“The UK, in common with many other countries, is facing a shortage of nursing staff in the midst of ongoing pressures to control costs and maintain quality of care. One response has been to substitute nursing professional roles with lower paid, lower qualified assistant personnel. Ostensibly, the reason is to address the shortage of registered nurses. However, in the UK and specifically England, we have been training fewer nurses than workforce projections say are required for a decade.
The obvious solution – training more nurses – is being ignored, which suggests that costs savings is the real driver.
In principle that is fine, if we can provide people with equivalent standard healthcare at lower cost. In earlier research, we looked at nurse-for-doctor substitutions, for example with nurse-led clinics in general practice, and there is evidence suggesting nurses can safely and successfully substitute for doctors in many situations, freeing up doctors’ time and with advantages to patients in terms of positive experience of care and personal attention from nurses.
However, we have a very strong and growing evidence base that is showing associations between the number of registered nurses on hospital wards and patient outcomes. We formed part of a team that undertook research involving nearly 500 hospitals in 12 European countries, which explored a range of issues around the nursing workforce, but crucially around the numbers and type of nurses needed in acute hospitals.
A number of studies have been published from our research, one of which has shown that as the number of registered nurses goes down, the hospital mortality rate goes up.
Recently, we also showed that you can’t use assistants to make up any shortfall in registered nurses.
In our hospital sample, there were an average of six caregivers for every 25 patients, four of whom were professional nurses. On an average ward, substituting one professional nurse for a nurse assistant was associated with a 21 per cent increase in the odds of dying.
This evidence suggests that the NHS must treat the appointment of increasing numbers of nursing assistants in the face of registered nurse shortages as a potentially risky experiment. Imagine trying to replace a treatment of known effectiveness with a new drug that was cheaper. We would first ask if there was support for the proposed mechanism and whether the new drug would be as effective as the current drug. Substituting registered nurses in this way fails that test. Given that we have no evidence that we can safely put in these intermediate level roles, it is an absolute requirement that the NHS proceeds with caution and properly evaluates the impact.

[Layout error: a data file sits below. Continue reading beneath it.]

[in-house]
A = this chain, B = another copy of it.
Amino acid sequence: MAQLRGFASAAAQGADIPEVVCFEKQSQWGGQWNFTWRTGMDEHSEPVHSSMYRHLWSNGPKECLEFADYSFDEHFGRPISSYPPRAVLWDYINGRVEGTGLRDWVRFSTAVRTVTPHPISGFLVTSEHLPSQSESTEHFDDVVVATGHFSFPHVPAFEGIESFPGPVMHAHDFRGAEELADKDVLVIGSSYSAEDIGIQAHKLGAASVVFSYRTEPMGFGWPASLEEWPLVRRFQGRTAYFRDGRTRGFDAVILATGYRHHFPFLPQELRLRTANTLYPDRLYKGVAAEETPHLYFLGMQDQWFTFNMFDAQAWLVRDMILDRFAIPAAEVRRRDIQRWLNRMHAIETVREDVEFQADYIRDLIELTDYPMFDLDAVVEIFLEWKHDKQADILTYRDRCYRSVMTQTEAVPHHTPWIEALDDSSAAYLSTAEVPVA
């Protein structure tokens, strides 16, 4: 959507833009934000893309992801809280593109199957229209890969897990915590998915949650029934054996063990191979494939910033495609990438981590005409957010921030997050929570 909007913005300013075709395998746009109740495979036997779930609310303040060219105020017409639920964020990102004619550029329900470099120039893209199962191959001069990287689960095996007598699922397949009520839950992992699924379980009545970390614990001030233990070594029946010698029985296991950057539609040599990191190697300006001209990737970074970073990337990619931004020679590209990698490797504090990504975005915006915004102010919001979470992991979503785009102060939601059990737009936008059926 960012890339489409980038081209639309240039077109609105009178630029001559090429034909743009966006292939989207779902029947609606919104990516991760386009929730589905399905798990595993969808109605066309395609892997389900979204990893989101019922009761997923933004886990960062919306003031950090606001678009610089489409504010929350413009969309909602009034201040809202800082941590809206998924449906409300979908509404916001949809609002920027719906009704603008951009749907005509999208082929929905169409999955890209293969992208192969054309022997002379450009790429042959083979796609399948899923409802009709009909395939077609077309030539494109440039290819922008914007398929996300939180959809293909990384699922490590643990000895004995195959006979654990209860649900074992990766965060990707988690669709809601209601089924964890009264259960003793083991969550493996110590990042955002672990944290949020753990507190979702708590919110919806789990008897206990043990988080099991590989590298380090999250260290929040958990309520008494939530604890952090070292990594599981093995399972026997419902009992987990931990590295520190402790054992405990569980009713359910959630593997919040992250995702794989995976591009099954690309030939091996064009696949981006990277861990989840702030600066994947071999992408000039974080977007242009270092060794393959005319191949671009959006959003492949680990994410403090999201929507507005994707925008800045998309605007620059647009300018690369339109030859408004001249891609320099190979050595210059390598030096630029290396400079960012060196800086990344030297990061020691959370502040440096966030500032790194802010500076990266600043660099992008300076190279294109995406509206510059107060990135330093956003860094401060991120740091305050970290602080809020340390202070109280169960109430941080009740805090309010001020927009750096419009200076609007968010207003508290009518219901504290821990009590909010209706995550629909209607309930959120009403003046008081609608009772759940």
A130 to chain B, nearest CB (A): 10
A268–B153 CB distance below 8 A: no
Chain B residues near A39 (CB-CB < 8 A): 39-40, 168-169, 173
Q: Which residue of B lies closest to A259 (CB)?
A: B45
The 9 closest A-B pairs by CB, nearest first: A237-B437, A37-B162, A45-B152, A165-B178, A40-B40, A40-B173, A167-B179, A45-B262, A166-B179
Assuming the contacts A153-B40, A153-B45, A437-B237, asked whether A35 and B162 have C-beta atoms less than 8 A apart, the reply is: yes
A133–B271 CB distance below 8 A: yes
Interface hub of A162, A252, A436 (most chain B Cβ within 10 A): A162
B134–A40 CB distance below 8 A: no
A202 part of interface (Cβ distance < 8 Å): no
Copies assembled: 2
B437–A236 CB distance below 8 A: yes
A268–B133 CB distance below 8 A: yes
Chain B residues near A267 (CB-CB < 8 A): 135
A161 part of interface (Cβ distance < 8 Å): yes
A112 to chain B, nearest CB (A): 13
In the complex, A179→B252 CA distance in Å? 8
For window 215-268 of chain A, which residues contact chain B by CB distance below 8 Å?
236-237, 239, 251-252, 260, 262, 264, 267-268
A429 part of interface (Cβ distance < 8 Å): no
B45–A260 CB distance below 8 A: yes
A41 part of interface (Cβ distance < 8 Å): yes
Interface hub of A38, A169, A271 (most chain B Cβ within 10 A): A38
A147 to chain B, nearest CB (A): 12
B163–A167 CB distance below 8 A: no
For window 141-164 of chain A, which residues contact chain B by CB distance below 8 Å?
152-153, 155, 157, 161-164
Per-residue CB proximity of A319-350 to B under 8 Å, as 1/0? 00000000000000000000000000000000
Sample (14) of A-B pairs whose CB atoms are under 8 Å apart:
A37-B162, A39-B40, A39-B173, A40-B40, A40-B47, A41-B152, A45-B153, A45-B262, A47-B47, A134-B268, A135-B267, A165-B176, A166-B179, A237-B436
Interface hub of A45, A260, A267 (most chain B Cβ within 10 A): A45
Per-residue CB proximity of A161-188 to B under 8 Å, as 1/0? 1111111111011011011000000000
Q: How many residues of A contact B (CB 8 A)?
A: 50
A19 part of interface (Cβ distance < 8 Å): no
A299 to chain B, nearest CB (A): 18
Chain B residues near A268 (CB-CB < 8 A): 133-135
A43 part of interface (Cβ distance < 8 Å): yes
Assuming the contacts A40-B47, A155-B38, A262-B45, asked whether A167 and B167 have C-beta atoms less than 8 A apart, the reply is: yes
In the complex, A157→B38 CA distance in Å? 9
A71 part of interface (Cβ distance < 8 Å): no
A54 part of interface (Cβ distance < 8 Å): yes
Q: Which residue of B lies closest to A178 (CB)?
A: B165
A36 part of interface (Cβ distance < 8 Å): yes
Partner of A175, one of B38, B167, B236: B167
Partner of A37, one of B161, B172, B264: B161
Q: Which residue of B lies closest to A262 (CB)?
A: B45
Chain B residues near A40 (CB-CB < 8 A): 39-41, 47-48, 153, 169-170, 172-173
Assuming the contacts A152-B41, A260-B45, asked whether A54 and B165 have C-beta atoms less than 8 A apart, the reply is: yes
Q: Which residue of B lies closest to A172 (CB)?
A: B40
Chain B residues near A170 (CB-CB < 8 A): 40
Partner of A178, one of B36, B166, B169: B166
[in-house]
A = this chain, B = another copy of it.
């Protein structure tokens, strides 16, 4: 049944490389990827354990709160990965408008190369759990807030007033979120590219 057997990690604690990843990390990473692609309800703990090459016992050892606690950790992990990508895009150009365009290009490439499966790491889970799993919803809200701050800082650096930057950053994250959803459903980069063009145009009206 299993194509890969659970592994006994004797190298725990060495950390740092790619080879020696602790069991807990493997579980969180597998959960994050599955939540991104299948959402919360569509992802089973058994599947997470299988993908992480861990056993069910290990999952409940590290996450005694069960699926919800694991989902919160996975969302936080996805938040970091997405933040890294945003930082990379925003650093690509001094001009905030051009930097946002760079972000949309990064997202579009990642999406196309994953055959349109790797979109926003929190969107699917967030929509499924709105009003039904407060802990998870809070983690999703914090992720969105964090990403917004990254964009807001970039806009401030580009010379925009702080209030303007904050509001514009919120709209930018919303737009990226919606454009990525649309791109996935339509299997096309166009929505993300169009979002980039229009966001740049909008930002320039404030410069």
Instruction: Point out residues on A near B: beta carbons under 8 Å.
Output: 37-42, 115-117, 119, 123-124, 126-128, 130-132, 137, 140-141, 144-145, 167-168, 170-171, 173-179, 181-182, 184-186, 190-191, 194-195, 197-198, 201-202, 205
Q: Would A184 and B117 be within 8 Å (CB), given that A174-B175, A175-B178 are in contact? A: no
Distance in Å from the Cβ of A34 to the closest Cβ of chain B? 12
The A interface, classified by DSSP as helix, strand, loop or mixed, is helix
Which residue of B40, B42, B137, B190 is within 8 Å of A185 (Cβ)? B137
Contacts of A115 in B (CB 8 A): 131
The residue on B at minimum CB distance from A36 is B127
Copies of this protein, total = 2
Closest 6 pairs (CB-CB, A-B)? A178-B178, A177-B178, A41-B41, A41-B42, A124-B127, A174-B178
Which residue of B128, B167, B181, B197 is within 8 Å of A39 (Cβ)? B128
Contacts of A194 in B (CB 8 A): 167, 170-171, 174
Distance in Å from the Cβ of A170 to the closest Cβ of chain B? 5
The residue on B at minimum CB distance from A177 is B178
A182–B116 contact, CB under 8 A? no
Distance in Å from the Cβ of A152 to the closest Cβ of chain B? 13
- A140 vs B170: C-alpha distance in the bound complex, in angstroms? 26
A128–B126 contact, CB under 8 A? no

Time and again, health policy makes changes to the nursing workforce without applying that standard of evidence, even though we have a background of research that shows that nurse staffing levels and skills mix are associated with important patient outcomes up to and including death.
One of the things that was highlighted in the Mid Staffordshire inquiry was the extent to which the Trust was manipulating its workforce, in large part to save money. It was done without reference to the very significant evidence base that pointed to the risks they were incurring. It emphasises the absolute importance of training within the workforce as a whole.
In addition to the differences in mortality rates, there are the possible consequences of a deficit in soft skills. Hospitals deal with people in times of absolute crisis, and the small things that happen to people can make huge differences, not just in terms of physical recovery, but also emotionally.
The exigencies of modern healthcare mean that actually very decent people are sometimes unable to deploy their basic human nature in the face of appalling pressures. The role of training is to improve those basic skills and make them more robust against the stresses and strains they face. All evidence points to the importance of training people, and nowhere do we see an invitation for the opportunity to downgrade the nursing workforce.